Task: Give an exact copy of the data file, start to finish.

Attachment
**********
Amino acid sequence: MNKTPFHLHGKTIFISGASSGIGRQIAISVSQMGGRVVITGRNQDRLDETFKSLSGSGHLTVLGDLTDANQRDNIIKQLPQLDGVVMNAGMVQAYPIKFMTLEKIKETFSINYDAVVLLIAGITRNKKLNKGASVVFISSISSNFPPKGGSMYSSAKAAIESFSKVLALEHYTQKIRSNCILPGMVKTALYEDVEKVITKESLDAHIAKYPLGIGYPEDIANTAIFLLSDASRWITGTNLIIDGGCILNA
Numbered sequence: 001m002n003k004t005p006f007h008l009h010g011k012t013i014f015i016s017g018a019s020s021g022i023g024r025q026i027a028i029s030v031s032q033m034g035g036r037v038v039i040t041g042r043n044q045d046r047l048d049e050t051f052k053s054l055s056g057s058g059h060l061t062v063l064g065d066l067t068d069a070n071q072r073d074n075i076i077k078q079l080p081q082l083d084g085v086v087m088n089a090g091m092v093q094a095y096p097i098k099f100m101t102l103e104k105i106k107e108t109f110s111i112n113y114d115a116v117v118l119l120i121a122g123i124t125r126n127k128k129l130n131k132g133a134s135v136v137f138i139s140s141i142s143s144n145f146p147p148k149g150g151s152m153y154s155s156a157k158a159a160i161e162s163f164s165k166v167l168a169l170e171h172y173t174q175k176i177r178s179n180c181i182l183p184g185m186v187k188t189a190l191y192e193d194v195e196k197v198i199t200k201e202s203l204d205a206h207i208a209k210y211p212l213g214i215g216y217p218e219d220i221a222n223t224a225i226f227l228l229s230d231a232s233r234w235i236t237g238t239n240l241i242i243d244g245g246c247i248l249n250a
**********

Amino acid sequence: MNKTPFHLHGKTIFISGASSGIGRQIAISVSQMGGRVVITGRNQDRLDETFKSLSGSGHLTVLGDLTDANQRDNIIKQLPQLDGVVMNAGMVQAYPIKFMTLEKIKETFSINYDAVVLLIAGITRNKKLNKGASVVFISSISSNFPPKGGSMYSSAKAAIESFSKVLALEHYTQKIRSNCILPGMVKTALYEDVEKVITKESLDAHIAKYPLGIGYPEDIANTAIFLLSDASRWITGTNLIIDGGCILNA
Numbered sequence: 001m002n003k004t005p006f007h008l009h010g011k012t013i014f015i016s017g018a019s020s021g022i023g024r025q026i027a028i029s030v031s032q033m034g035g036r037v038v039i040t041g042r043n044q045d046r047l048d049e050t051f052k053s054l055s056g057s058g059h060l061t062v063l064g065d066l067t068d069a070n071q072r073d074n075i076i077k078q079l080p081q082l083d084g085v086v087m088n089a090g091m092v093q094a095y096p097i098k099f100m101t102l103e104k105i106k107e108t109f110s111i112n113y114d115a116v117v118l119l120i121a122g123i124t125r126n127k128k129l130n131k132g133a134s135v136v137f138i139s140s141i142s143s144n145f146p147p148k149g150g151s152m153y154s155s156a157k158a159a160i161e162s163f164s165k166v167l168a169l170e171h172y173t174q175k176i177r178s179n180c181i182l183p184g185m186v187k188t189a190l191y192e193d194v195e196k197v198i199t200k201e202s203l204d205a206h207i208a209k210y211p212l213g214i215g216y217p218e219d220i221a222n223t224a225i226f227l228l229s230d231a232s233r234w235i236t237g238t239n240l241i242i243d244g245g246c247i248l249n250a